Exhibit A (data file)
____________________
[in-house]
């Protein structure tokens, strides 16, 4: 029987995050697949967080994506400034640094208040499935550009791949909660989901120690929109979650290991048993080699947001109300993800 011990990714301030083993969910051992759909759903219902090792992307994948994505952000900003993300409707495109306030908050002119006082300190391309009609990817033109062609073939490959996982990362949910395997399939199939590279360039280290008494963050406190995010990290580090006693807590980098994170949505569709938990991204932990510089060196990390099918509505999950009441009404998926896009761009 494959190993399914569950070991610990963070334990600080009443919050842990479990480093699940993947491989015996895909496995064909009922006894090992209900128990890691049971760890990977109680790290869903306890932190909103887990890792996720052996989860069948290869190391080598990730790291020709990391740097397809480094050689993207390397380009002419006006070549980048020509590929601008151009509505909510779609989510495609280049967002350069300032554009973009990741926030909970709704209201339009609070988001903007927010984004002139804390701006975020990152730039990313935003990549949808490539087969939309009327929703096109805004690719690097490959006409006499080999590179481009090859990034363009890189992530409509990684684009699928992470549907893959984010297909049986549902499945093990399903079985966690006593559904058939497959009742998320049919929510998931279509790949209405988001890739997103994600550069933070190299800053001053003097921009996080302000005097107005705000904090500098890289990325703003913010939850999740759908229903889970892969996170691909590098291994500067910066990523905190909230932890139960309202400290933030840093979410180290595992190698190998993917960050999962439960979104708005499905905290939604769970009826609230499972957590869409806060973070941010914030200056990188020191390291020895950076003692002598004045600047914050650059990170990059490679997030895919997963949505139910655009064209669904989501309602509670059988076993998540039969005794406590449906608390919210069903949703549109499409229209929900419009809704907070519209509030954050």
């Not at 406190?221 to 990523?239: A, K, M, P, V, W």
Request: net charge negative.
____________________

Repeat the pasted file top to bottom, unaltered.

[in-house]
């Protein structure tokens, strides 16, 4: 029987995050697949967080994506400034640094208040499935550009791949909660989901120690929109979650290991048993080699947001109300993800 011990990714301030083993969910051992759909759903219902090792992307994948994505952000900003993300409707495109306030908050002119006082300190391309009609990817033109062609073939490959996982990362949910395997399939199939590279360039280290008494963050406190995010990290580090006693807590980098994170949505569709938990991204932990510089060196990390099918509505999950009441009404998926896009761009 494959190993399914569950070991610990963070334990600080009443919050842990479990480093699940993947491989015996895909496995064909009922006894090992209900128990890691049971760890990977109680790290869903306890932190909103887990890792996720052996989860069948290869190391080598990730790291020709990391740097397809480094050689993207390397380009002419006006070549980048020509590929601008151009509505909510779609989510495609280049967002350069300032554009973009990741926030909970709704209201339009609070988001903007927010984004002139804390701006975020990152730039990313935003990549949808490539087969939309009327929703096109805004690719690097490959006409006499080999590179481009090859990034363009890189992530409509990684684009699928992470549907893959984010297909049986549902499945093990399903079985966690006593559904058939497959009742998320049919929510998931279509790949209405988001890739997103994600550069933070190299800053001053003097921009996080302000005097107005705000904090500098890289990325703003913010939850999740759908229903889970892969996170691909590098291994500067910066990523905190909230932890139960309202400290933030840093979410180290595992190698190998993917960050999962439960979104708005499905905290939604769970009826609230499972957590869409806060973070941010914030200056990188020191390291020895950076003692002598004045600047914050650059990170990059490679997030895919997963949505139910655009064209669904989501309602509670059988076993998540039969005794406590449906608390919210069903949703549109499409229209929900419009809704907070519209509030954050």
């Not at 406190?221 to 990523?239: A, K, M, P, V, W």
Request: net charge negative.